By Nika Knight / Common Dreams

Demonstrators in New York City show support for the Standing Rock Sioux. (Joe Catron / CC 2.0)

As the movement to abolish Columbus Day and replace it with Indigenous Peoples Day finds success in communities from Phoenix, Arizona, to the state of Vermont, the battle for Indigenous rights in the face of industrial development rages on.

In North Dakota, 27 Indigenous water protectors were arrested in Monday’s action to peacefully occupy a Dakota Access Pipeline construction site. The arrests at the hands of militarized police came less than a day after a federal court of appeals ruled against the Standing Rock Sioux’s request for an emergency injunction against the controversial pipeline project.

Meanwhile, on Alcatraz Island, a sunrise ceremony saw hundreds gather to honor the culture of Indigenous peoples and express solidarity with the fight against Dakota Access.

“I don’t want to be complacent so I show up every time there is an event for my people,” one Indigenous participant told Fusion.

The scenes of Indigenous solidarity and the battle against the pipeline were ever more resonant as many parts of the country celebrated Columbus Day, which honors the arrival of Christopher Columbus to the Americas. To many Indigenous people, Columbus was a harbinger of centuries of slaughter.

Yet the battle for Indigenous rights is gaining traction and visibility: with each passing year, more and more places are abolishing Columbus Day and celebrating Indigenous Peoples Day in its place.

“Indigenous Peoples Day represents a shift in consciousness,” Dr. Leo Killsback, a citizen of the Northern Cheyenne Nation and assistant professor of American Indian Studies at Arizona State University, told CNN. “It acknowledges that Indigenous peoples and their voices are important in today’s conversations.”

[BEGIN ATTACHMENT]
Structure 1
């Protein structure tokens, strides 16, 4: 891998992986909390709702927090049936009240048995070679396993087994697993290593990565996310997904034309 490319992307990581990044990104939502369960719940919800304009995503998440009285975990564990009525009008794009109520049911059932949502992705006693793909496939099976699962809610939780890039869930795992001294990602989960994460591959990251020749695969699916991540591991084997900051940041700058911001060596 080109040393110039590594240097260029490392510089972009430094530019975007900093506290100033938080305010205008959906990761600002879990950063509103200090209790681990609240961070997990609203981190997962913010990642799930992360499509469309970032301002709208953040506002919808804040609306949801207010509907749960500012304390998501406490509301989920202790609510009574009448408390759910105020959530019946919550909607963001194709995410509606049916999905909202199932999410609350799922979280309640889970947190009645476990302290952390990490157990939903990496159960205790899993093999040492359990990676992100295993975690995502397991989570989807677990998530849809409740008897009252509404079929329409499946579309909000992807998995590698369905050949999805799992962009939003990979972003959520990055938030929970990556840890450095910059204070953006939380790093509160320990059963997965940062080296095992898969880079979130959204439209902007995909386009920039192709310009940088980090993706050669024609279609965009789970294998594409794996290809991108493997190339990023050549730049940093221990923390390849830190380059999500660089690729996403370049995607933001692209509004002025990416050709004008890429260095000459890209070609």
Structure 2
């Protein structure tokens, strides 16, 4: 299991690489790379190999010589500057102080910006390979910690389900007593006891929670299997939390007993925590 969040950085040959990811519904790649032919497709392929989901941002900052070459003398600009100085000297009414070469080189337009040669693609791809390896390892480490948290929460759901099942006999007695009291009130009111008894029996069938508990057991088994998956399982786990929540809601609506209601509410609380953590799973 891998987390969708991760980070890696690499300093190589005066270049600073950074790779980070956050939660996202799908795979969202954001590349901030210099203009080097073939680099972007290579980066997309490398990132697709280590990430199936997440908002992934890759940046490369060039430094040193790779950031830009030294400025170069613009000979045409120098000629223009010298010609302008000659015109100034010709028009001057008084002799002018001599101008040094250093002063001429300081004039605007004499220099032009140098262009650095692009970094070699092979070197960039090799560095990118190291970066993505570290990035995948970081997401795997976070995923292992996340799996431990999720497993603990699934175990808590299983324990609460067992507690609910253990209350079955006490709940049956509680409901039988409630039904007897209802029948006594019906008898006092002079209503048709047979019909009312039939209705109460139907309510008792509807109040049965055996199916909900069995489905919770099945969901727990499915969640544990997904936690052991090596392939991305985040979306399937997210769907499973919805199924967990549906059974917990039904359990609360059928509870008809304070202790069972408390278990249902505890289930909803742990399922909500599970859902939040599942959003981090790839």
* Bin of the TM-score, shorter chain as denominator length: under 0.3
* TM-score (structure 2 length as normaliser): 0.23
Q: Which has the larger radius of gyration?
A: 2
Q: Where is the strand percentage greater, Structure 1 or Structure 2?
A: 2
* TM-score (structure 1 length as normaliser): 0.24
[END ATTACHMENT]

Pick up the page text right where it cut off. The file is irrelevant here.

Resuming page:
And this year saw Vermont Governor Peter Shumlin, a Democrat, proclaim Monday Indigenous Peoples Day, which followed similar proclamations from officials in Phoenix, Arizona; Denver, Colorado; Cambridge, Massachusetts, and Santa Fe, New Mexico, among nine other U.S. locales.

“One of the biggest misconceptions about Columbus is that he was righteous. The truth is that he was wicked and responsible for the rape and murder of innocent Indigenous people,” Killsback, who pushed for Indigenous Peoples Day in Phoenix, added to CNN.

Meanwhile, activists continue to push for the federal government and public schools to stop celebrating Christopher Columbus: “If we are sincere in our claim that all lives have value,” writes author and high school teacher Bill Bigelow, “then schools need to refuse to honor the first European colonialist of the Americas, the ‘father of the slave trade.'”

“This is not about what went on 500 years ago,” Bigelow adds. “It’s about what’s going on today: an inspiring struggle for rights and dignity.”

Wait, before you go…

If you're reading this, you probably already know that non-profit, independent journalism is under threat worldwide. Independent news sites are overshadowed by larger heavily funded mainstream media that inundate us with hype and noise that barely scratch the surface.  We believe that our readers deserve to know the full story. Truthdig writers bravely dig beneath the headlines to give you thought-provoking, investigative reporting and analysis that tells you what’s really happening and who’s rolling up their sleeves to do something about it.

Like you, we believe a well-informed public that doesn’t have blind faith in the status quo can help change the world. Your contribution of as little as $5 monthly or $35 annually will make you a groundbreaking member and lays the foundation of our work.

Support Truthdig